Sunday, September 29, 2013

I'm awfully fond of you

This weekend was filled with birthday celebrations (my girls' birthdays are six years and one week apart). It was joyous. 
Honestly, I thought he would be bigger;). 
Every kid needs fireworks on his/her birthday. 
You're so fine, / And I'm lucky that you're mine. 

Friday, September 27, 2013

The Rap Sheet

For your Friday procrastination/inspiration pleasure:

Quote of the week courtesy of Stephen King on NPR.
The Rubber Duck Project visits Pittsburgh, beginning tonight. This is big news in Pittsburgh, people. Via
Speaking of the 'Burgh, this bit from the Unarmed Education Mercenary on the #iammargaretmary controversy at Duquesne University, which is, incidentally, my current home institution. Via
Jimmy Fallon and JT spoofing the ridiculosity that is the #hashtag. #whichiwillcontinuetouse  #nodisrespectjimmyfallonjustintimberlake #lolololololol

Pond's New Luminous Finish BB+ Cream. The before and after of my face says it all (before = complexion of a 30-something abuser of the sun, with redness and uneven tone; after = glowing, even coverage that lasts). A+++ in my book. 
What happens when bookshelves completely invade your house. Like Gremlins
8 Fun New Ways to Decorate a Pumpkin from HGTV Magazine. Cute. But all I'm going to say is if I spend that much time tricking out a pumpkin, the f$&*er better not rot.
Buy fake pumpkins.
Speaking of fall decorating, our mantle says hello!! 
This bedroom decor from Lauren Elizabeth = dynamite win. Especially the of-the-moment Instagram heart. 
Eat your hearts out friends. (On second thought, that is one deeply weird, frightening command. Don't do that.)
I received the Pond's BB Cream in the Mama VoxBox complimentary from Influenster for testing purposes. All opinions, however, are solely my own. 

Thursday, September 26, 2013

Better than Coffee: The Owl's Skull Playlist

Here's what's spinning our turntables this month (yeah, a lot of these songs are old. What of it;)).

"Hold On" Alabama Shakes
"Gold on the Ceiling" The Black Keys
"I'm on Fire" Bruce Springsteen (I seriously can't get enough of this song)
"China Girl" David Bowie
"That's All Right (The '68 Comeback Special Version)" Elvis (Black leather suit = sexiness)
"Call Me When You're Sober" Evanescence (I was heavily rocking out to this song this morning, drawing stares from all sides)
"Lost in America" The Gathering Field
"How You Like Me Now" The Heavy
"Bad Things" Jace Everett (Mmmmm.... vampires)
"These Days" Jackson Browne
"Hallelujah" Jeff Buckley
"That Lonesome Song" Jamey Johnson (Can't-get-enough-of Song #2)
"Housewife's Prayer" Pistol Annies
"I Need a Hero" Sarah Buxton

What's your go-to song when your morning completely sucks?

Wednesday, September 25, 2013

Why I love reading to my daughters

I am lucky enough, at this point in my life, to be able to work from home two days a week. On Mondays and Wednesdays, I spend the day with my youngest, Sophia, who is growing so fast I see her edges as blurred. The mornings are usually spent with her watching cartoons or playing and me writing lesson plans, reading, or grading papers. Then, we have lunch, and then, we snuggle down under a mountain of books and read until she is sleepy.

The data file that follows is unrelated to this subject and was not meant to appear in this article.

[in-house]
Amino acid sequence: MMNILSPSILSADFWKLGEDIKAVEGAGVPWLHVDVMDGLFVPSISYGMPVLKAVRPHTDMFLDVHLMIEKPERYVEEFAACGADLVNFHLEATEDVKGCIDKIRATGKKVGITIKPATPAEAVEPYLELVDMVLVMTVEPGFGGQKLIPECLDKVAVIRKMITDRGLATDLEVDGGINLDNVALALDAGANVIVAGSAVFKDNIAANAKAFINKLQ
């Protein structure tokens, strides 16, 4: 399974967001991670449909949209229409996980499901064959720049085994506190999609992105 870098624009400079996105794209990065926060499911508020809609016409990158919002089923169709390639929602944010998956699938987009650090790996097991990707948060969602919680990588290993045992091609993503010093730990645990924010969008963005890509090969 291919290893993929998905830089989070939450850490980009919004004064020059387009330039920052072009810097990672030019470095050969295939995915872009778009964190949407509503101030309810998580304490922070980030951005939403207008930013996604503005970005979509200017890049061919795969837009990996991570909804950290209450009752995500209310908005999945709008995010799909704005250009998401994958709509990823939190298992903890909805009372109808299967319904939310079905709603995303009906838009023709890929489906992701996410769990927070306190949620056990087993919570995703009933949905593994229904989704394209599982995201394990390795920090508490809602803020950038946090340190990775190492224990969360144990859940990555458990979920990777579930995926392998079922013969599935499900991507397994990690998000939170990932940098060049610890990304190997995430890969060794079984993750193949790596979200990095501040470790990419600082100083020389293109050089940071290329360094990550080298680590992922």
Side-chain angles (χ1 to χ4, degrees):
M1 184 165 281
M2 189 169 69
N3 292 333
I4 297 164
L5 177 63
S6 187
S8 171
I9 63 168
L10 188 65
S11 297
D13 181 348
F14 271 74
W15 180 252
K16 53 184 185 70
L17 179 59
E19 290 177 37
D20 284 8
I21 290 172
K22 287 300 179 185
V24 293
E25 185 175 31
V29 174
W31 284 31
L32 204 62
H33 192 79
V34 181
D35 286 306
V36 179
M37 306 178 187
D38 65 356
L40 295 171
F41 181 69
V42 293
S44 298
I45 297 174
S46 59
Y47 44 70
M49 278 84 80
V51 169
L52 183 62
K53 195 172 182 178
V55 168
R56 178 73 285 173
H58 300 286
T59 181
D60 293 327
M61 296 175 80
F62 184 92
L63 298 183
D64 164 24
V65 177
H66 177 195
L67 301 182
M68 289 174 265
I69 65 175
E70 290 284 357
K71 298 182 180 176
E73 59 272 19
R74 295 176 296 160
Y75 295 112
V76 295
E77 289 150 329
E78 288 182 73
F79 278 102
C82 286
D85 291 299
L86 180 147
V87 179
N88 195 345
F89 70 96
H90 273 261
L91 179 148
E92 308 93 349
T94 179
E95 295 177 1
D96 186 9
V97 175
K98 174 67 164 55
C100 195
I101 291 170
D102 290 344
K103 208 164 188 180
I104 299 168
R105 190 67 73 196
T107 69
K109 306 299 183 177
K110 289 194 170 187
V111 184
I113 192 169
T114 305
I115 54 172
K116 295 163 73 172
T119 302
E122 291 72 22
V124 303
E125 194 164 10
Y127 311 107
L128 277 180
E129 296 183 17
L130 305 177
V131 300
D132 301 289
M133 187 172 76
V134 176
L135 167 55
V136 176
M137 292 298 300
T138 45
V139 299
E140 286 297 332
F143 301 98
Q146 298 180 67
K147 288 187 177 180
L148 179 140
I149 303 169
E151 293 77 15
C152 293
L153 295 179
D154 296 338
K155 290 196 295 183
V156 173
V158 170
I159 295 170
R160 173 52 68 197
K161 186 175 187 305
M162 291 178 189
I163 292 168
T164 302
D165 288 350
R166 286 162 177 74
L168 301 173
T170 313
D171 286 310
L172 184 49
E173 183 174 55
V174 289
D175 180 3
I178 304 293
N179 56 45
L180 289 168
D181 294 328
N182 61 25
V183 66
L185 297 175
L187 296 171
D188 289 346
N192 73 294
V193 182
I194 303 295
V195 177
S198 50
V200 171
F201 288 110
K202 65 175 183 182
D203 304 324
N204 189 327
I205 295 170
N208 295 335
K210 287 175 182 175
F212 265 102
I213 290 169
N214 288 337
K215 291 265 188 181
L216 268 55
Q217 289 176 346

There is something so comforting about reading to my daughters. I am the first one to admit that I am pretty dismal at other forms of play; making up dramatic Barbie plays, roaring with dinosaurs, and hopping around in the backyard ... that's just not my thing. But reading, and reading with feeling, I can do with the best of them. I make up voices. I read softly and with CRASH BOOM BANGS. The girls chime in with their own voices.  And here's really why I love it.

When I read to my daughters, we become some kind of symbiotic creature. Our breath fills out the corners of the stories, making them ours. And I realize, painfully, that one day our symbiotic creature must succumb to time; its been in its death throes with my eldest for the past year now already. Maggie and I currently read in the same room, but silently, in our own chairs, climbing into the worlds of our separate stories. With Sophie, I relish now, when my soon-to-be three year old will still climb into my lap, letting her weight grow heavier as the story grows longer.


On a completely other note, today's book, Peter Rabbit (above), was inspired by Sophie's lunch fare (I like, sometimes, for fun, to connect what she eats to what we read), an Annie's Microwavable Mac and Cheese Cup that came in my Mama VoxBox from Influenster. Quick and easy to prepare, this mac and cheese was surprisingly, well, cheesy. I'm used to the Kraft Mac and Cheese singles, which are invariably runny and fairly slimy. Annie's offering felt much more like homemade mac and cheese, and Sophie scarfed the entire serving up. I was almost afraid she was going to eat the bowl (and I was hoping to get more than just the one little spoonful I managed to sneak before I gave it to her). I tend to prefer giving my kids whole, unprocessed foods, but when life calls for something fast in a pinch, I would serve Annie's up again. It was hopping good.

Until tomorrow!
"I received these products complimentary from Influenster for testing purposes." All opinions, however, are solely my own.

Tuesday, September 24, 2013

Into the Oubliette: Marisha Pessl's -Night Film-

An oubliette (the word deriving from the French verb "to forget") is a dungeon, a dark, dank cell with a small trap door that serves as the only way in or out. Marisha Pessl's second novel Night Film strives to become just such a door, an aperture that lures readers deeper and deeper into the oubliette of one man's mind. The novel investigates the dark side of investigative reporter Scott McGrath, a washed-up journalist who is disgraced and jobless after accusing legendary, reclusive, and sinister horror-film director Stanislas Cordova of nefarious activities. Cordova's daughter, who dies in the book's early pages, becomes McGrath's obsession. As the pages turn (faster and faster; Pessl is rather adept at the Dickensian cliffhanger, making it nearly impossible to put the book down until you are finished with it), Cordova and his daughter dance around the edges of the book, just out of our grasp, a Brando-esque romantic villain and his demonically angelic minion.

All in this book is never as it seems. Just as you think you have a handle on things, Pessl pulls the rug out from under you, leaving you standing over yet another rigged trap door. As the novel pulls into sharper focus, McGrath's outline bleeds outward, indelibly marking every detail in the book as something we should hold up to the light and turn ... including Ashley.